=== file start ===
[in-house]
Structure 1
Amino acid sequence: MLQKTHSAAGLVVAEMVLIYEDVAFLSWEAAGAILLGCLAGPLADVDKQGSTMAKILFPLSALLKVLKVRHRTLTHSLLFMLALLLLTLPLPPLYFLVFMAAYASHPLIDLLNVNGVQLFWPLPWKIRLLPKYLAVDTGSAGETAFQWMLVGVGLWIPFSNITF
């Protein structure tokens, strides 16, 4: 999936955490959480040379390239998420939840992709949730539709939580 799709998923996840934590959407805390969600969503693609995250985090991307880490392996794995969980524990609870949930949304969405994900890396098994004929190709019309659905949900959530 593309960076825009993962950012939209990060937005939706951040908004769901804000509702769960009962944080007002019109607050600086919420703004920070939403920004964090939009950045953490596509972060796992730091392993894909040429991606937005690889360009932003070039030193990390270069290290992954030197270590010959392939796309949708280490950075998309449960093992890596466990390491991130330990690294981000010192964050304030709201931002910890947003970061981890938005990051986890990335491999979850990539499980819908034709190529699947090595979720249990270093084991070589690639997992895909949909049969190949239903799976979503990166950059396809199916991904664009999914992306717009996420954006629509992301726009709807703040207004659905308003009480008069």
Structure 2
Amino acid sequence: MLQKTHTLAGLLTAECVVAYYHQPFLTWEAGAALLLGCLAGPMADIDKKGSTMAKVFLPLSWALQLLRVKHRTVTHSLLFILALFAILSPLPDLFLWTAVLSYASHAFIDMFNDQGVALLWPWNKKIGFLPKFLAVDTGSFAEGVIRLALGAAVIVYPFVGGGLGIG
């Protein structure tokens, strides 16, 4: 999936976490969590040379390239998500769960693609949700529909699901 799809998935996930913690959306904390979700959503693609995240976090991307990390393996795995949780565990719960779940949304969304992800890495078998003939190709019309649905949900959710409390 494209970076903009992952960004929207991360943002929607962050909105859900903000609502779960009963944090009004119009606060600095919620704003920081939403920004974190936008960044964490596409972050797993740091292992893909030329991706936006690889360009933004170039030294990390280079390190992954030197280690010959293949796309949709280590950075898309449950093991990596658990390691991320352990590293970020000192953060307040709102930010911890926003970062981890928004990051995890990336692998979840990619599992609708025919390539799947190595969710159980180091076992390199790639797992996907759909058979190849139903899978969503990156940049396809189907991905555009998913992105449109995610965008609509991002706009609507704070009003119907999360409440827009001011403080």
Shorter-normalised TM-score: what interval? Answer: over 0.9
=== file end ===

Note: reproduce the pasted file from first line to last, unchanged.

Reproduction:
[in-house]
Structure 1
Amino acid sequence: MLQKTHSAAGLVVAEMVLIYEDVAFLSWEAAGAILLGCLAGPLADVDKQGSTMAKILFPLSALLKVLKVRHRTLTHSLLFMLALLLLTLPLPPLYFLVFMAAYASHPLIDLLNVNGVQLFWPLPWKIRLLPKYLAVDTGSAGETAFQWMLVGVGLWIPFSNITF
């Protein structure tokens, strides 16, 4: 999936955490959480040379390239998420939840992709949730539709939580 799709998923996840934590959407805390969600969503693609995250985090991307880490392996794995969980524990609870949930949304969405994900890396098994004929190709019309659905949900959530 593309960076825009993962950012939209990060937005939706951040908004769901804000509702769960009962944080007002019109607050600086919420703004920070939403920004964090939009950045953490596509972060796992730091392993894909040429991606937005690889360009932003070039030193990390270069290290992954030197270590010959392939796309949708280490950075998309449960093992890596466990390491991130330990690294981000010192964050304030709201931002910890947003970061981890938005990051986890990335491999979850990539499980819908034709190529699947090595979720249990270093084991070589690639997992895909949909049969190949239903799976979503990166950059396809199916991904664009999914992306717009996420954006629509992301726009709807703040207004659905308003009480008069």
Structure 2
Amino acid sequence: MLQKTHTLAGLLTAECVVAYYHQPFLTWEAGAALLLGCLAGPMADIDKKGSTMAKVFLPLSWALQLLRVKHRTVTHSLLFILALFAILSPLPDLFLWTAVLSYASHAFIDMFNDQGVALLWPWNKKIGFLPKFLAVDTGSFAEGVIRLALGAAVIVYPFVGGGLGIG
């Protein structure tokens, strides 16, 4: 999936976490969590040379390239998500769960693609949700529909699901 799809998935996930913690959306904390979700959503693609995240976090991307990390393996795995949780565990719960779940949304969304992800890495078998003939190709019309649905949900959710409390 494209970076903009992952960004929207991360943002929607962050909105859900903000609502779960009963944090009004119009606060600095919620704003920081939403920004974190936008960044964490596409972050797993740091292992893909030329991706936006690889360009933004170039030294990390280079390190992954030197280690010959293949796309949709280590950075898309449950093991990596658990390691991320352990590293970020000192953060307040709102930010911890926003970062981890928004990051995890990336692998979840990619599992609708025919390539799947190595969710159980180091076992390199790639797992996907759909058979190849139903899978969503990156940049396809189907991905555009998913992105449109995610965008609509991002706009609507704070009003119907999360409440827009001011403080």
Shorter-normalised TM-score: what interval? Answer: over 0.9